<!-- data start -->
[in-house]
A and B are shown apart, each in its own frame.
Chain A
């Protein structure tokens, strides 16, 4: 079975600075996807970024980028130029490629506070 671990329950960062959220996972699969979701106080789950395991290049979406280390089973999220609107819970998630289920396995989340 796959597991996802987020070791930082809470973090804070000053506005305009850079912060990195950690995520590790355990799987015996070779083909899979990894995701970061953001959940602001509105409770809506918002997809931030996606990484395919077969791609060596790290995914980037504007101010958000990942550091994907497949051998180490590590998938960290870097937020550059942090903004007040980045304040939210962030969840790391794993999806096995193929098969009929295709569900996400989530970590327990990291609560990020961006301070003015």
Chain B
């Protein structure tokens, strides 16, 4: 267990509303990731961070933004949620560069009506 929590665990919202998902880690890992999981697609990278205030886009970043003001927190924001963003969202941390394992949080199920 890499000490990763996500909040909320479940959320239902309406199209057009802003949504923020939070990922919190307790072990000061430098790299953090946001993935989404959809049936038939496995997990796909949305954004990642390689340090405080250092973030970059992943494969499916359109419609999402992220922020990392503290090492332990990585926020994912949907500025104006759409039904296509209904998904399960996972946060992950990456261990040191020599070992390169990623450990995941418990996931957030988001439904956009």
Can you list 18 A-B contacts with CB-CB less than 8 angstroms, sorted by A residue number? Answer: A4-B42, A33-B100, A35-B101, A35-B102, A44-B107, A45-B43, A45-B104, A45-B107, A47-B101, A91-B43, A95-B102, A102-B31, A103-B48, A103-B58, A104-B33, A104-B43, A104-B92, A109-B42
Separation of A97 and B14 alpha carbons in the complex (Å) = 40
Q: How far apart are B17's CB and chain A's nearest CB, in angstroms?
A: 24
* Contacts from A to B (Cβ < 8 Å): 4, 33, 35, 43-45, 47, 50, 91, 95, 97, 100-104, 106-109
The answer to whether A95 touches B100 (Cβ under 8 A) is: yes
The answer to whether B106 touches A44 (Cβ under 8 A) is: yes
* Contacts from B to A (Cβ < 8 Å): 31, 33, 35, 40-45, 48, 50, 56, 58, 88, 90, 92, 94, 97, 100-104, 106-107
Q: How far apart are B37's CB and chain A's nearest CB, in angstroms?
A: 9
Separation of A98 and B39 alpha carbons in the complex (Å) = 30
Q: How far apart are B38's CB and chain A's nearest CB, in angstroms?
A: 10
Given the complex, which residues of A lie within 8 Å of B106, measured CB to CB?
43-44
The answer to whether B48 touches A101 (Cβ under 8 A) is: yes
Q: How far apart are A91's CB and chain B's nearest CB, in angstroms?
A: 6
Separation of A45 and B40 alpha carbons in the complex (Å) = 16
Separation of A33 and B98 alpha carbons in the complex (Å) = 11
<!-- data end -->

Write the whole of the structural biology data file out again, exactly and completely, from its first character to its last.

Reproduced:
[in-house]
A and B are shown apart, each in its own frame.
Chain A
């Protein structure tokens, strides 16, 4: 079975600075996807970024980028130029490629506070 671990329950960062959220996972699969979701106080789950395991290049979406280390089973999220609107819970998630289920396995989340 796959597991996802987020070791930082809470973090804070000053506005305009850079912060990195950690995520590790355990799987015996070779083909899979990894995701970061953001959940602001509105409770809506918002997809931030996606990484395919077969791609060596790290995914980037504007101010958000990942550091994907497949051998180490590590998938960290870097937020550059942090903004007040980045304040939210962030969840790391794993999806096995193929098969009929295709569900996400989530970590327990990291609560990020961006301070003015």
Chain B
């Protein structure tokens, strides 16, 4: 267990509303990731961070933004949620560069009506 929590665990919202998902880690890992999981697609990278205030886009970043003001927190924001963003969202941390394992949080199920 890499000490990763996500909040909320479940959320239902309406199209057009802003949504923020939070990922919190307790072990000061430098790299953090946001993935989404959809049936038939496995997990796909949305954004990642390689340090405080250092973030970059992943494969499916359109419609999402992220922020990392503290090492332990990585926020994912949907500025104006759409039904296509209904998904399960996972946060992950990456261990040191020599070992390169990623450990995941418990996931957030988001439904956009």
Can you list 18 A-B contacts with CB-CB less than 8 angstroms, sorted by A residue number? Answer: A4-B42, A33-B100, A35-B101, A35-B102, A44-B107, A45-B43, A45-B104, A45-B107, A47-B101, A91-B43, A95-B102, A102-B31, A103-B48, A103-B58, A104-B33, A104-B43, A104-B92, A109-B42
Separation of A97 and B14 alpha carbons in the complex (Å) = 40
Q: How far apart are B17's CB and chain A's nearest CB, in angstroms?
A: 24
* Contacts from A to B (Cβ < 8 Å): 4, 33, 35, 43-45, 47, 50, 91, 95, 97, 100-104, 106-109
The answer to whether A95 touches B100 (Cβ under 8 A) is: yes
The answer to whether B106 touches A44 (Cβ under 8 A) is: yes
* Contacts from B to A (Cβ < 8 Å): 31, 33, 35, 40-45, 48, 50, 56, 58, 88, 90, 92, 94, 97, 100-104, 106-107
Q: How far apart are B37's CB and chain A's nearest CB, in angstroms?
A: 9
Separation of A98 and B39 alpha carbons in the complex (Å) = 30
Q: How far apart are B38's CB and chain A's nearest CB, in angstroms?
A: 10
Given the complex, which residues of A lie within 8 Å of B106, measured CB to CB?
43-44
The answer to whether B48 touches A101 (Cβ under 8 A) is: yes
Q: How far apart are A91's CB and chain B's nearest CB, in angstroms?
A: 6
Separation of A45 and B40 alpha carbons in the complex (Å) = 16
Separation of A33 and B98 alpha carbons in the complex (Å) = 11